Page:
So, yes, the world rejects priestly celibacy. But it’s very important to recognize that celibacy also evokes curiosity and admiration. People sense the spiritual freedom that the promise of celibacy brings. They also impute a kind of spiritual nobility to priestly celibacy, and people want to come into its presence. This is true for non-believers as well as believers. The world is fascinated by celibacy, all the more so in the present age when sex, sexual freedom and sexual identity have become the prism through which so many political, cultural, and moral issues are viewed.
Again, celibacy is not the central truth of the priesthood. As a bishop, I have come to realise that many priests find obedience much more onerous than celibacy. I’m only dwelling on celibacy at the moment only because it’s the fact about the priesthood that the world sees first and foremost. And what the world is seeing is our set-apart vocation. The world grasps the fact that our consecration is for the sake of something supernatural.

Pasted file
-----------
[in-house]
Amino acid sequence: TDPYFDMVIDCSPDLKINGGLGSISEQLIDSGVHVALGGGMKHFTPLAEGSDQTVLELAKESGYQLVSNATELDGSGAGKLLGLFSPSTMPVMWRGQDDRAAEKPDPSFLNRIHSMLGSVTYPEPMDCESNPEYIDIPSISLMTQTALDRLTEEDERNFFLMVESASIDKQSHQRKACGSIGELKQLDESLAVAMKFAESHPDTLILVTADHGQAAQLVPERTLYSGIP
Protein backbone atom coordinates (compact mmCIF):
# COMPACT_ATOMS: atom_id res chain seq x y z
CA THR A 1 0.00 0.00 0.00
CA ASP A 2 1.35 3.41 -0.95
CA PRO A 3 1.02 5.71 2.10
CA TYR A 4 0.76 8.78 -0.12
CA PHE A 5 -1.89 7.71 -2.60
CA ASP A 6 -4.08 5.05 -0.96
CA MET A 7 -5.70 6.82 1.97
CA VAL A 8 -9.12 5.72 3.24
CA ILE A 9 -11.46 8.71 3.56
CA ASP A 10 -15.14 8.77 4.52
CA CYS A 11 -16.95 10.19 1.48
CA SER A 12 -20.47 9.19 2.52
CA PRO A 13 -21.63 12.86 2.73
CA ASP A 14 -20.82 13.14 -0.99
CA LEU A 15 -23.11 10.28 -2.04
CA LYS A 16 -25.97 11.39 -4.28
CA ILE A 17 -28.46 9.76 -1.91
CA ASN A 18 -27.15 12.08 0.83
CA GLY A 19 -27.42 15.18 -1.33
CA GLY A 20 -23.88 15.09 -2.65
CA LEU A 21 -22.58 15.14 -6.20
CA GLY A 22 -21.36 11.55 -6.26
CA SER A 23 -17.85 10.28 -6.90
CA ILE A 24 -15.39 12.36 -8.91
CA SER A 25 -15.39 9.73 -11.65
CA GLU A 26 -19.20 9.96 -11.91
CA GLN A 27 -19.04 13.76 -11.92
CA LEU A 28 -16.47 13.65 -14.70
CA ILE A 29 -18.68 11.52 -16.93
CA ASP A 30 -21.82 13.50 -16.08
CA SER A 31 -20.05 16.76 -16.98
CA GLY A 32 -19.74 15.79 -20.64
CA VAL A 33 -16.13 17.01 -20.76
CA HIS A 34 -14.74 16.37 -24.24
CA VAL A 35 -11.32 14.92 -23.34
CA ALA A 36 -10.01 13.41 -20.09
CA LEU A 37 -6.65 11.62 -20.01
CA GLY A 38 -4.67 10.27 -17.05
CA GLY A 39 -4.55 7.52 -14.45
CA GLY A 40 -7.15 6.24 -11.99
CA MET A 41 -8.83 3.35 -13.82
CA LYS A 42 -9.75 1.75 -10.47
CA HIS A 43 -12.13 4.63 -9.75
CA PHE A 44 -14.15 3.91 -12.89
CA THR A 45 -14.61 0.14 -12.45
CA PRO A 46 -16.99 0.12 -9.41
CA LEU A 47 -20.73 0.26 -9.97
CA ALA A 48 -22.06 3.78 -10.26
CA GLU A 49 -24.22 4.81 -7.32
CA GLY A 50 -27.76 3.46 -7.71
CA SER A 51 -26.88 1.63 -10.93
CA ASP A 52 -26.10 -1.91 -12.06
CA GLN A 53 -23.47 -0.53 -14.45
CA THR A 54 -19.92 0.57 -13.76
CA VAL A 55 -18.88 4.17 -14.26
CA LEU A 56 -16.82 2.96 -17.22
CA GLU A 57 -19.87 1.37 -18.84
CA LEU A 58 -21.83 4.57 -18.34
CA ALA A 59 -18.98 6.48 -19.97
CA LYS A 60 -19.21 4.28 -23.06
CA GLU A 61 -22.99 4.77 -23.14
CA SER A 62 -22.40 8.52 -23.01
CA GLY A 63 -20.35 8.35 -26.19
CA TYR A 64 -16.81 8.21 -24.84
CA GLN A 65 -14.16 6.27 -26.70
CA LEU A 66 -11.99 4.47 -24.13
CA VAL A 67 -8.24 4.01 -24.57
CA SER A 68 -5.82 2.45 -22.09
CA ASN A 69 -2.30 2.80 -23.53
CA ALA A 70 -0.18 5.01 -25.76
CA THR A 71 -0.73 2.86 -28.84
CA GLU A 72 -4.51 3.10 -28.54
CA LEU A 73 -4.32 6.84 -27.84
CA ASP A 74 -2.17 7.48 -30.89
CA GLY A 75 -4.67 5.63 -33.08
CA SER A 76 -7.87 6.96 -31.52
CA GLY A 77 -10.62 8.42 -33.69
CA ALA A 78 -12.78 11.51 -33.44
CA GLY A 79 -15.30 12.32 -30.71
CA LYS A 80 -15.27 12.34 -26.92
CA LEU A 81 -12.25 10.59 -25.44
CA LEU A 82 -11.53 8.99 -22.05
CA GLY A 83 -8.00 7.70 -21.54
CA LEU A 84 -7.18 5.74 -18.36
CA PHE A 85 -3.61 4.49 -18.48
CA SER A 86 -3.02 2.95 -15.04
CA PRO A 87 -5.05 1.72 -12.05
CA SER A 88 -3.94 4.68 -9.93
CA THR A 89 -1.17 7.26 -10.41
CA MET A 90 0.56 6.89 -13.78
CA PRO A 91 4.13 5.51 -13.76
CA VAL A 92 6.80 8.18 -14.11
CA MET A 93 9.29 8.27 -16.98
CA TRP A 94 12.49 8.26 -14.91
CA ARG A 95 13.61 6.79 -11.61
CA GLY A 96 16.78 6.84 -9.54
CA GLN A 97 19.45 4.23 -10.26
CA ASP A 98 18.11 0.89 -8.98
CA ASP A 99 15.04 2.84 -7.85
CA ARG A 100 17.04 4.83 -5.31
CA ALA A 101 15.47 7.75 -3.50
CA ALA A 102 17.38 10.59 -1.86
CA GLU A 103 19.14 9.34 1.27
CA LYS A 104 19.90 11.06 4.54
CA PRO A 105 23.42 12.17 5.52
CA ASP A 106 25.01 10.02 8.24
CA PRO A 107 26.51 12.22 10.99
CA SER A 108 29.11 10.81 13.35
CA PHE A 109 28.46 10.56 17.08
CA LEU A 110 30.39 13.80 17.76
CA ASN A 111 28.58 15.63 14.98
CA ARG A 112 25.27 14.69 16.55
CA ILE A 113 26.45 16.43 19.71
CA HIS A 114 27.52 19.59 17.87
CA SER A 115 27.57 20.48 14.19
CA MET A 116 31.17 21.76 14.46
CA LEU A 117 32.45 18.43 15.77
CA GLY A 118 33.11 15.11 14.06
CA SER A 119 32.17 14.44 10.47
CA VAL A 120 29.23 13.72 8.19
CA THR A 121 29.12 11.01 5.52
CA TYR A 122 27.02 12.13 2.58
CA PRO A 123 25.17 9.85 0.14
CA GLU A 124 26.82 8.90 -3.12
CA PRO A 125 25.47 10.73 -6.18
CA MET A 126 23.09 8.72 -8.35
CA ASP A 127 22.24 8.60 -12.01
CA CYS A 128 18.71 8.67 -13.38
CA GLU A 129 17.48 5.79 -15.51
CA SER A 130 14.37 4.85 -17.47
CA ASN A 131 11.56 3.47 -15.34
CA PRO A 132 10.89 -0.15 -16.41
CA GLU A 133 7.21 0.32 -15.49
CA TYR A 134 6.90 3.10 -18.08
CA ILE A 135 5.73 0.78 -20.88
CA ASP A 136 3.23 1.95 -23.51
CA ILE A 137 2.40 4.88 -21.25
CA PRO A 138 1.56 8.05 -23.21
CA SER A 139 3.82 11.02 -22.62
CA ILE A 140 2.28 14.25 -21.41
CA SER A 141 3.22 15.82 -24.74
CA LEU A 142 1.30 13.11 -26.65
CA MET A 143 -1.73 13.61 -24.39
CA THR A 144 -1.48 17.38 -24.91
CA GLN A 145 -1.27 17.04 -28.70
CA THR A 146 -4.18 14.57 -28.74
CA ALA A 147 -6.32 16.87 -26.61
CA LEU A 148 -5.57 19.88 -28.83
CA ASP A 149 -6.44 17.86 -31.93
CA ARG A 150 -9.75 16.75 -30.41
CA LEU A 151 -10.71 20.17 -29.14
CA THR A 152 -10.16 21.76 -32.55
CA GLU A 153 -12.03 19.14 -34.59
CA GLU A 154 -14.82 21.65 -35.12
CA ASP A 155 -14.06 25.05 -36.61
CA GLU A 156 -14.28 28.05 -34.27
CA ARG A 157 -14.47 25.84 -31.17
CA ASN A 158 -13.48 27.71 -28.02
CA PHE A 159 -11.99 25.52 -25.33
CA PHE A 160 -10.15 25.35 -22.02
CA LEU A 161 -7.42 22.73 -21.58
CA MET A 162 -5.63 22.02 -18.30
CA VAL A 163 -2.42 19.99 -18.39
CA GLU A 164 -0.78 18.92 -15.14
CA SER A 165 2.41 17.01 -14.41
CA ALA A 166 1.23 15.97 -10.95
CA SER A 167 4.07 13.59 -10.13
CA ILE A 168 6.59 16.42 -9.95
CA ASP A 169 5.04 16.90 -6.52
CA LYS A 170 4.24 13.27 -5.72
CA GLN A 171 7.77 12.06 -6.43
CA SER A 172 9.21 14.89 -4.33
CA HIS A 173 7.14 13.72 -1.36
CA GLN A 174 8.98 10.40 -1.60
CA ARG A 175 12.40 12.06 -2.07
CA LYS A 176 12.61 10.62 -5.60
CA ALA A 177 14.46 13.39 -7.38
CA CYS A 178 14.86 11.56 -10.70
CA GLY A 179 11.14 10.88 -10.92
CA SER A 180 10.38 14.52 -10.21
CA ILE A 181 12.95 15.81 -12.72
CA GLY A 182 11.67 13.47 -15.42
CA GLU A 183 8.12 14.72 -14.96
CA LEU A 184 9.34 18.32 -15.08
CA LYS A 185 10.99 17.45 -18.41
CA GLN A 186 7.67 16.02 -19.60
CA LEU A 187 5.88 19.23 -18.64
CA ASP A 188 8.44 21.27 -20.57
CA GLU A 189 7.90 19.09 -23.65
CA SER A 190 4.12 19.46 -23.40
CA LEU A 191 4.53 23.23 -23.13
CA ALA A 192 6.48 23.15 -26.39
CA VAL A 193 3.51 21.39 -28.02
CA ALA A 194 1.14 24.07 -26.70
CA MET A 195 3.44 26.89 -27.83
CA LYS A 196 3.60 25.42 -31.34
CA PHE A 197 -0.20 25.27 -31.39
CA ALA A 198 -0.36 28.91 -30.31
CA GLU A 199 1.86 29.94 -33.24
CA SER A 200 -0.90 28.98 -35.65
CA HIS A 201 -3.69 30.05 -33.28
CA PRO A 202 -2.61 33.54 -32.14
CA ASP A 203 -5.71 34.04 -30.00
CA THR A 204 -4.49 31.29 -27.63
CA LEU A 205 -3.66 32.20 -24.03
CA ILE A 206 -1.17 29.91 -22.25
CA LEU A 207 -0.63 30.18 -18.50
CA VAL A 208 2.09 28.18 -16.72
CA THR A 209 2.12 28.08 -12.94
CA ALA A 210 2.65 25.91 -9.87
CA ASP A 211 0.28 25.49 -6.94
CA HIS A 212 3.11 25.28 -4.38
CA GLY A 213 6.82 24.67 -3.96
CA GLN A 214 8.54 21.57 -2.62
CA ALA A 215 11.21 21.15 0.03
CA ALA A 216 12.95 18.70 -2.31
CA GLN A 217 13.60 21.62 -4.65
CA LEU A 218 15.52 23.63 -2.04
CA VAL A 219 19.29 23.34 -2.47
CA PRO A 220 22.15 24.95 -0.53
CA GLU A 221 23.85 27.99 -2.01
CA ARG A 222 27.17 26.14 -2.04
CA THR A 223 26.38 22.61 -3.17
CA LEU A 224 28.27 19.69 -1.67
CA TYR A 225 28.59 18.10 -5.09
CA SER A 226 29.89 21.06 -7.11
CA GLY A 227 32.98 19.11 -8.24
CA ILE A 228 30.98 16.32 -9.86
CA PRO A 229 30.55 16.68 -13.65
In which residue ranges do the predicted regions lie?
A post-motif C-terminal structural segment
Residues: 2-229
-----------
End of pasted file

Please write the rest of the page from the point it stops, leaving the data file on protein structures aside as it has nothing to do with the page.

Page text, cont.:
This is reinforced by our clerical collars and garb. It’s normal for us in my diocese to dress as priests when we go about our duties. I imagine it is here too. When I come into a room for a meeting with laypeople, I’m always aware that they may be seeing me as something akin to an alien. I’m a man, of course, flesh and blood just like them — but they don’t regard me as one of them. That’s as true for the most ardently secular political or business leaders as it is for the devoted lay leaders in my diocese whom I’m blessed to serve. I can preach again and again about the Church’s spiritual fruitfulness and her commitment to human fulfilment. But laypeople know that I’m outside the great temporal project of human life to be fruitful and multiply.